Jonathan ousted Sanusi last February, accusing him of “financial recklessness and misconduct.” Now the Emir of Kano, Nigeria’s second-most important Islamic ruler, Sanusi had called on Jonathan to investigate billions of dollars of oil revenue he said were unaccounted for.
Emefiele took over in June, days before crude prices began their 50 percent plunge. Oil provides about 90 percent of Nigerian export earnings and 70 percent of government revenue.
The central bank spent $5 billion defending the exchange rate in the last three months of 2014, reducing reserves to a three-year low of $34 billion, while devaluing the midpoint of the official exchange rate to 168 per dollar from 155 and raising the benchmark borrowing cost to a record 13 percent.
Trading restrictions introduced in December were needed to cut “spurious or speculative demand” for dollars, Emefiele said in an interview last month. “Any investor that wants to go out is able to do so freely, without any hindrance.”
While Sanusi cut the the amount of foreign currency banks can hold without assigned buyers to 1 percent of shareholders’ funds from 5 percent, Emefiele set the amount at zero on Dec. 17, before allowing a 0.1 percent so-called net open position on Jan. 13.
The effect was to reduce daily trading to less than $30 million from $300 million to $500 million and foreign holdings of government bonds in naira to 14 percent of the total from as much as 27 percent in 2013, according to Samir Gadio, Standard Chartered’s head of African strategy.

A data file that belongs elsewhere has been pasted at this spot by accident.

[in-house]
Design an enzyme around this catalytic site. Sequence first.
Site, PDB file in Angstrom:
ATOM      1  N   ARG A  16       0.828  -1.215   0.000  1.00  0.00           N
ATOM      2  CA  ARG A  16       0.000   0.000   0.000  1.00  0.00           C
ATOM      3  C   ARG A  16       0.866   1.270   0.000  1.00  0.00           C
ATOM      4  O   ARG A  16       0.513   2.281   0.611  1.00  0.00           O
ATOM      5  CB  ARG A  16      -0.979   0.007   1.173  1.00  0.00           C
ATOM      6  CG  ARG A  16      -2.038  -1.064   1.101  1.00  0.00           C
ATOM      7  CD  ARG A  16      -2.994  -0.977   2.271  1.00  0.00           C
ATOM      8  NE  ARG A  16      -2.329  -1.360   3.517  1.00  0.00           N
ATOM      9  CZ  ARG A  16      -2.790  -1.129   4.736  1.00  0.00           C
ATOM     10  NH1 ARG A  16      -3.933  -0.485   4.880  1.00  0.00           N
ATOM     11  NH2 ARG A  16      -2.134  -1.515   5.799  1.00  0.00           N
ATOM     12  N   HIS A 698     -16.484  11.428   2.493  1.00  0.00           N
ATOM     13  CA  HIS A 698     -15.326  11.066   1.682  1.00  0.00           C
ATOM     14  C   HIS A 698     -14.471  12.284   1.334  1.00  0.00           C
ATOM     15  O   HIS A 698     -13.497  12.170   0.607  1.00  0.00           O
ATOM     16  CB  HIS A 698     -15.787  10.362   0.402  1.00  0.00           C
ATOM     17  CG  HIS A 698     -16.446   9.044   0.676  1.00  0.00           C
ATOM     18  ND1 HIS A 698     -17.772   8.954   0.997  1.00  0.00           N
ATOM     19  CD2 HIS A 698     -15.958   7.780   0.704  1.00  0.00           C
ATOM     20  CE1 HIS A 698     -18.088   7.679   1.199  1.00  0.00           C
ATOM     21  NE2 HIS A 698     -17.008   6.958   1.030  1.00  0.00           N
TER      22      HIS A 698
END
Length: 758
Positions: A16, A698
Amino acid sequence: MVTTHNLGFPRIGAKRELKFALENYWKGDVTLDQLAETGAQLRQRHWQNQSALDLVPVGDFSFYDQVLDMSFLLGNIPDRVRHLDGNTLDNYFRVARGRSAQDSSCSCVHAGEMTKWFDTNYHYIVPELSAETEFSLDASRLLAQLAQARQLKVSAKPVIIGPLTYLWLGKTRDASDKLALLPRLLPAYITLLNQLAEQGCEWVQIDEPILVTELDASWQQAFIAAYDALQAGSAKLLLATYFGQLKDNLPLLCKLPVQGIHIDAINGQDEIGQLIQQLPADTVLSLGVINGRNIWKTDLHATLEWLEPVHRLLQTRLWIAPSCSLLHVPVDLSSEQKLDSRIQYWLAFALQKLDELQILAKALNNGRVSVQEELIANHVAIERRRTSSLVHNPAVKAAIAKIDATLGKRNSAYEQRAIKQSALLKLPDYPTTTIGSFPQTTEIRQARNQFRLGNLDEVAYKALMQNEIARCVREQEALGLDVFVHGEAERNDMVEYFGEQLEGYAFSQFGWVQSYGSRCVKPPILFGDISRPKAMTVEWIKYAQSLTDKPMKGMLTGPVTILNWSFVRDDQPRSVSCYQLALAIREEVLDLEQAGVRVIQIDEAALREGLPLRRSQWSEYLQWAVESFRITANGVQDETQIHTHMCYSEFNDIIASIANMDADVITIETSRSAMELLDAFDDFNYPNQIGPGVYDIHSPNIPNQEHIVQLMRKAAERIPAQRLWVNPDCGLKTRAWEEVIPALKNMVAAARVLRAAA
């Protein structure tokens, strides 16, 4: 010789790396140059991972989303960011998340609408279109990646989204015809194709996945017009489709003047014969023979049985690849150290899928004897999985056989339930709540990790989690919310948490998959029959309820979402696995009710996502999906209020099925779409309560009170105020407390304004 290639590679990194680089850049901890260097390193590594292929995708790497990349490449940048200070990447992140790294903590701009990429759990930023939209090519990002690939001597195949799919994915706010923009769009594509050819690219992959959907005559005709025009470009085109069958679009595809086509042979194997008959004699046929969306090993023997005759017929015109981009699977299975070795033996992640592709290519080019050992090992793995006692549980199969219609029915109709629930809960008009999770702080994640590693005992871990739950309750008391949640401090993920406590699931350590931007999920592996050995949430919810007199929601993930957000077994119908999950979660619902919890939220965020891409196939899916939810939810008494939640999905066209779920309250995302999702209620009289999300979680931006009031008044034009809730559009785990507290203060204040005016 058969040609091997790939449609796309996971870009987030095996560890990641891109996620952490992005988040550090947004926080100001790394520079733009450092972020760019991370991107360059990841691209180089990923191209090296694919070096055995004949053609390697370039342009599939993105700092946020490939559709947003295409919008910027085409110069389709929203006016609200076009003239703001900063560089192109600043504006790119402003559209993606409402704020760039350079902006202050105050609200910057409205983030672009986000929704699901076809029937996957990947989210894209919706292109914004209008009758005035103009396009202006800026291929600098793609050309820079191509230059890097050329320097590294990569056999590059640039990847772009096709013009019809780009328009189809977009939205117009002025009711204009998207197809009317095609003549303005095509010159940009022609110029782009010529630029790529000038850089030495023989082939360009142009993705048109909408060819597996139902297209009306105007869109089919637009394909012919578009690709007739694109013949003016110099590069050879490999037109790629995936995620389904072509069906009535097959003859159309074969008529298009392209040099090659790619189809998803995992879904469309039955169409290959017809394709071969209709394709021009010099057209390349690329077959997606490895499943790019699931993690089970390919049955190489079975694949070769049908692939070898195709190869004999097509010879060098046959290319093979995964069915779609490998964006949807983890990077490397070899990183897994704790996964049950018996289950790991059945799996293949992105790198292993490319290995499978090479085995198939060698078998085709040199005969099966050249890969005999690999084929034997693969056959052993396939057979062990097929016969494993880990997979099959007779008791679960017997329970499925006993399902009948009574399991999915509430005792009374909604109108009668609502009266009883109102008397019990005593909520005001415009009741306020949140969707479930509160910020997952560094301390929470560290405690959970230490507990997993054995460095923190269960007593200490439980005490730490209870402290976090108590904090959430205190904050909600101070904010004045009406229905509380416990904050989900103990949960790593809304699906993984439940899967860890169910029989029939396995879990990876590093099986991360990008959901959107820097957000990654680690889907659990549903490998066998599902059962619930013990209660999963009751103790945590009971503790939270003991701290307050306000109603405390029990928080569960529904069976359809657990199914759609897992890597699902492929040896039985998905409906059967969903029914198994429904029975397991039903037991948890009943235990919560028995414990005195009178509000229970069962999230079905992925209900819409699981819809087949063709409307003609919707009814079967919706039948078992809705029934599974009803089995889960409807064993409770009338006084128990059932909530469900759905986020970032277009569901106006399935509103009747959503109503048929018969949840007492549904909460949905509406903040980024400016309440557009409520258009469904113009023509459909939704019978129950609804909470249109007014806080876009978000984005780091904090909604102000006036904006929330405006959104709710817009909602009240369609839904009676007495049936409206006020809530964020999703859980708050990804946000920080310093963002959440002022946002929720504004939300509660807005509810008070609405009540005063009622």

By contrast, Sanusi liberalized Nigeria’s markets by lifting a requirement for foreign investors to hold local-currency debt for at least one year. That resulted in JPMorgan adding the nation’s bonds to its GBI-EM local-currency indexes in 2012. Foreigners increased their holdings of the securities almost fivefold in the next year, according to Bank of America.
“Sanusi had high credibility in the international markets and both the nature of his exit and the context resulted in an increase in Nigerian risk premium, which has remained,” Jim O’Neill, the former chairman of Goldman Sachs Asset Management, who now works as a Bloomberg View columnist, said in e-mailed comments from London on Jan. 28.
JPMorgan, placing Nigeria on “index watch negative,” said the drop in currency and bond trading “challenges the ability of foreign investors to replicate the benchmark.” The New York-based lender will make a decision within five months. Craig Macdonald, a spokesman for JPMorgan in London, declined to comment.
The central bank’s decision to boost the net-open position limit to 0.5 percent of funds on Jan. 22, shortly after JPMorgan’s warning, increased daily trading volumes to about $250 million to $300 million, Emefiele said on Thursday.
“We are confident we will remain in the index based on the decision,” Emefiele said. “The main issue was liquidity and we are convinced that liquidity has come up to the level they desire.”
For the market to “unfreeze,” the exchange rate probably needs to weaken to 220 per dollar, Antoon de Klerk, who helps oversee $18 billion of emerging market debt at Investec Asset Management Plc, said by phone from London Feb. 2.